STEP student Sophie Elliott is completing a five-week project with Douglas Borough Council to devise a communications strategy should there be changes to the Council’s recycling operation in the Borough.
Sophie, 20, is mid-way through a four-year Master’s degree course in Psychology with Innovation at the University of Bristol. She said: ‘The project is about finding out about the “pain points” that deter householders from recycling, or recycling more, then coming up with a strategy that sets out why they should be recycling and how to make the process more acceptable.
‘Around 2000 responses were received to an online survey the Council conducted, which showed that people care about their environment and the importance of recycling, which was really encouraging. A lot of the respondents, though, were already recycling, so it’s important that we reach those people who aren’t.’
Sophie also conducted one-to-one interviews with members of the public. ‘I found that a large percentage of people I spoke to had no idea where their household waste went; most thought it was sent to the energy from waste plant to be incinerated. It isn’t; it’s sent to plants in the UK to be processed.
‘The Council’s Waste team put a lot of work into raising awareness about the importance of recycling and its “recyclenow.im” website is very good, with lots of useful information. My task is to increase awareness even further, though.’
Sophie’s research has seen her draw on psychology studies of recycling promotion strategies in Los Angeles. She also looked at how recycling is being encouraged in the UK.
She said: ‘In Los Angeles, recycling was made to seem the social norm. There, leaflet drops worked well but what proved far more effective were door hangers, which meant householders had to engage directly with the message.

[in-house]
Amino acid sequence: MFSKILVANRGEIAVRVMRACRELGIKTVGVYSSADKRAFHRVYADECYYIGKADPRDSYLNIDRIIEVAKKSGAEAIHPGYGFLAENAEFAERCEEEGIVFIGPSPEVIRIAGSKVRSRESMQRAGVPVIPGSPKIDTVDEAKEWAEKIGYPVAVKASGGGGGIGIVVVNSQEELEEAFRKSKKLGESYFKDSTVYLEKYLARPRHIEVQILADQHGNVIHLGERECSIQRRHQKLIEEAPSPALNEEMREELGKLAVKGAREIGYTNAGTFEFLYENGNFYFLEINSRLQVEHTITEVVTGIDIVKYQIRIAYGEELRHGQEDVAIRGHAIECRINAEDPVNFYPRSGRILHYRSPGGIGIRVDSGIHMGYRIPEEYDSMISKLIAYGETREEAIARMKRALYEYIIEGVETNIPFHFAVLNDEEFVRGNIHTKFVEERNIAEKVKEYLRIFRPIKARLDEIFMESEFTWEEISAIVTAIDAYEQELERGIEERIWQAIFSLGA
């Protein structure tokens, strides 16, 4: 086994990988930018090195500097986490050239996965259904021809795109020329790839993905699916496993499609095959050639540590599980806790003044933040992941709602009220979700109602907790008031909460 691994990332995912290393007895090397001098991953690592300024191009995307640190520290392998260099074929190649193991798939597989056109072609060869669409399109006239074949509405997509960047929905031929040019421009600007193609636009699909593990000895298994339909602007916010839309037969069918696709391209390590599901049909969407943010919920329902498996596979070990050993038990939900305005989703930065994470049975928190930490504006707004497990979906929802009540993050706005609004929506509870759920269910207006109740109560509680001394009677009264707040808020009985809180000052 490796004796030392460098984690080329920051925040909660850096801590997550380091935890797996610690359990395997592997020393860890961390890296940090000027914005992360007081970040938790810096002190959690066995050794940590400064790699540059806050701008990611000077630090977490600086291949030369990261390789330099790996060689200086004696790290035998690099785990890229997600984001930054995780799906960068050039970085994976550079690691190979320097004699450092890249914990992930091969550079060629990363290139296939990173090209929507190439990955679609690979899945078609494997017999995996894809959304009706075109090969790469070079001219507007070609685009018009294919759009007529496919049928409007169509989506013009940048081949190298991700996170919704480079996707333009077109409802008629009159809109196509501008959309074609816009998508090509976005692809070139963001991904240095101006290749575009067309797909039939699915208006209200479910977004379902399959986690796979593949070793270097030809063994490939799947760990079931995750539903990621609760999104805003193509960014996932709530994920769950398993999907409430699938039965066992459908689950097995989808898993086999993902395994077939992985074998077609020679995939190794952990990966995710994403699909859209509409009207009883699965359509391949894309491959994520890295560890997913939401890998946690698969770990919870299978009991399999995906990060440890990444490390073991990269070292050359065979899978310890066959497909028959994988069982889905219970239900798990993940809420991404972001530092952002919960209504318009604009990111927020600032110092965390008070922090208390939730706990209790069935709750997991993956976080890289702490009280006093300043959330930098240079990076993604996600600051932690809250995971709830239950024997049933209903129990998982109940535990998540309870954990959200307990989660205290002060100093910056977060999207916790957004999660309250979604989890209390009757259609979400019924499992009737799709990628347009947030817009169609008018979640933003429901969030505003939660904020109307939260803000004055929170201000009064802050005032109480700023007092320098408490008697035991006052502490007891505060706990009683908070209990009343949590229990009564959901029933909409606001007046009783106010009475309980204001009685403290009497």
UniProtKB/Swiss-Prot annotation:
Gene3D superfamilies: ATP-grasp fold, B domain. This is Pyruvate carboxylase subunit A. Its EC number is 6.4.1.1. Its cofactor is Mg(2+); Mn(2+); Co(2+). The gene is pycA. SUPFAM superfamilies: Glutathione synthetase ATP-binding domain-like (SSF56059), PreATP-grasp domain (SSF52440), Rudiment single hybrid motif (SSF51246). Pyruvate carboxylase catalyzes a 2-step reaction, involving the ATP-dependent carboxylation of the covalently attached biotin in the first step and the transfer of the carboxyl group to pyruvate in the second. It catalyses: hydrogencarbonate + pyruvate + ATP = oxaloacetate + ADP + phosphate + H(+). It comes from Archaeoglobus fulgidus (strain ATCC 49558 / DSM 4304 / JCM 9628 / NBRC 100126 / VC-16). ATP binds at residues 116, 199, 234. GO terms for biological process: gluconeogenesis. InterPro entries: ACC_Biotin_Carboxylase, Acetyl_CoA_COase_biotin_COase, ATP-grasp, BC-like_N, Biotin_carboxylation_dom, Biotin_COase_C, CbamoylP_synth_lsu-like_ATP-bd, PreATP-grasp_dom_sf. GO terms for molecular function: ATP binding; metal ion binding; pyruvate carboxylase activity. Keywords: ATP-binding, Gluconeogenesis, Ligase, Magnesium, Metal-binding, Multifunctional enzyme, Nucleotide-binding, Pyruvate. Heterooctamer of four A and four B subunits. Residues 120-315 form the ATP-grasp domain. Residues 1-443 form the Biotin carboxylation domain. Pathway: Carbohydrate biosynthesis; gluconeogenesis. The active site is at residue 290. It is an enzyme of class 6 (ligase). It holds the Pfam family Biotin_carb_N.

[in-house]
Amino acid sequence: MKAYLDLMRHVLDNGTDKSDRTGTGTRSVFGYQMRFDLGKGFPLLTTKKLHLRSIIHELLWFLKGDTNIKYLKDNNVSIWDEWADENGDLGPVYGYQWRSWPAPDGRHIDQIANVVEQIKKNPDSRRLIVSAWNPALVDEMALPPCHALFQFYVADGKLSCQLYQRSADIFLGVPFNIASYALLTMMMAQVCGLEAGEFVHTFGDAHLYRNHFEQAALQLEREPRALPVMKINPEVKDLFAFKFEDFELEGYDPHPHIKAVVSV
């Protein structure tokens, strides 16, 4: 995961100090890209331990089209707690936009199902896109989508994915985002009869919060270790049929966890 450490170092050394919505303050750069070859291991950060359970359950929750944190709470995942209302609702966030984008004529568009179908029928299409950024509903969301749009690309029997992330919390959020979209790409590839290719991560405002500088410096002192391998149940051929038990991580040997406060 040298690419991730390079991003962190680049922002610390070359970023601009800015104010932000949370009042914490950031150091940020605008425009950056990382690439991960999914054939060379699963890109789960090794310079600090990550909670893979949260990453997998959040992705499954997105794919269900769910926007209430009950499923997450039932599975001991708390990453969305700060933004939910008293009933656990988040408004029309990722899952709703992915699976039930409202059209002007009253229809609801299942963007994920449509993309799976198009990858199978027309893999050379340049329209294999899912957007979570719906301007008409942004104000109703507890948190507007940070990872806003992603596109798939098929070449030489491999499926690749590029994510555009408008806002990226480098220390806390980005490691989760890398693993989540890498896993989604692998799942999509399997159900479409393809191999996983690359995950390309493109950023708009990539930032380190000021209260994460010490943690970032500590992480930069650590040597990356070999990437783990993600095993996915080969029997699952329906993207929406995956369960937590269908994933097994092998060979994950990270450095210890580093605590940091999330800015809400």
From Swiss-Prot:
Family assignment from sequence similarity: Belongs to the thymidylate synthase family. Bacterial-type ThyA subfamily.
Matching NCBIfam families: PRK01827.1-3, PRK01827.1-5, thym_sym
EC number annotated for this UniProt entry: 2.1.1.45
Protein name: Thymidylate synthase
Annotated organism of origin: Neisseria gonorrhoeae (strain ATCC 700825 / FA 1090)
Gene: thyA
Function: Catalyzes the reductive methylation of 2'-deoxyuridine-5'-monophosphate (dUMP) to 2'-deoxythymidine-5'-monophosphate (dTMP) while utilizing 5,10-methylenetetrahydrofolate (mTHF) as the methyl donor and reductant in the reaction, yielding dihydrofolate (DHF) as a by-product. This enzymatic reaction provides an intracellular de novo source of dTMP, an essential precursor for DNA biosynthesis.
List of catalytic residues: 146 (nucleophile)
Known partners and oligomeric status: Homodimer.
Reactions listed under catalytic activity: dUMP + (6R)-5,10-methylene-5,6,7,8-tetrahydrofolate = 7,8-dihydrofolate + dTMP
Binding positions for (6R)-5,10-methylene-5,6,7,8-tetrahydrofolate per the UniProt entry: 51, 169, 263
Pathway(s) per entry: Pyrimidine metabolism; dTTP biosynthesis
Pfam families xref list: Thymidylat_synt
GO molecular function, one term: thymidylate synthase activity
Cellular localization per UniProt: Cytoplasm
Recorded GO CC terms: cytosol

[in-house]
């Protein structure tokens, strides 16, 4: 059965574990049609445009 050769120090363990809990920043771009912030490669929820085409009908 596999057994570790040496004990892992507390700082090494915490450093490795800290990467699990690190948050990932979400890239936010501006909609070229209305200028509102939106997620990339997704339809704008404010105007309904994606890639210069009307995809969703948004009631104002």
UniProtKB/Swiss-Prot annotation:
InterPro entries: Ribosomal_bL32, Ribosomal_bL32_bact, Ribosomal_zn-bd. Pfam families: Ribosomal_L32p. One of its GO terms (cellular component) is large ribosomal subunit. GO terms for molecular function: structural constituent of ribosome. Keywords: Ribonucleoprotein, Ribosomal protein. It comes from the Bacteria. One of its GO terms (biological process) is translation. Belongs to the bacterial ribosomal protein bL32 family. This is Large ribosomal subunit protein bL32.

‘Given there was such a positive outcome, I’m now looking at door hangers as part of the Council’s awareness-raising communications strategy, supported by the website and a series of 11 different types of “Keep calm and go to recyclenow.im” roadside posters. In that way the hope is that recycling will become part of every householder’s daily routine, rather than a chore to be endured.
‘From my research it’s clear the Isle of Man is trying hard to encourage people to recycle but there’s a long way to go, though, seeing as the current recycling rate in Douglas is currently only around eight per cent, a slight increase from the previous month, showing the team’s effort is paying off, albeit modestly. Ratepayers in Douglas need to understand that the more they recycle, the more gets taken out of the waste stream, and that means the Council attracts fewer gate fees at the energy from waste plant. All of which results in less impact on the rates.
‘I’ve had a lot of great support from the Council through working on this project, which I’ve found really interesting. I’ve learned a lot about recycling; like a lot of people I’d always thought most rubbish was sent to be burnt. I’ve also had the opportunity to develop my communication skills, work on my own initiative and, in the process, this has boosted my self-confidence. What’s been really great though, is to be able to see a project through from start to finish…and hopefully to have made a difference to how people in Douglas might view recycling in future.’
Find out more about recycling here.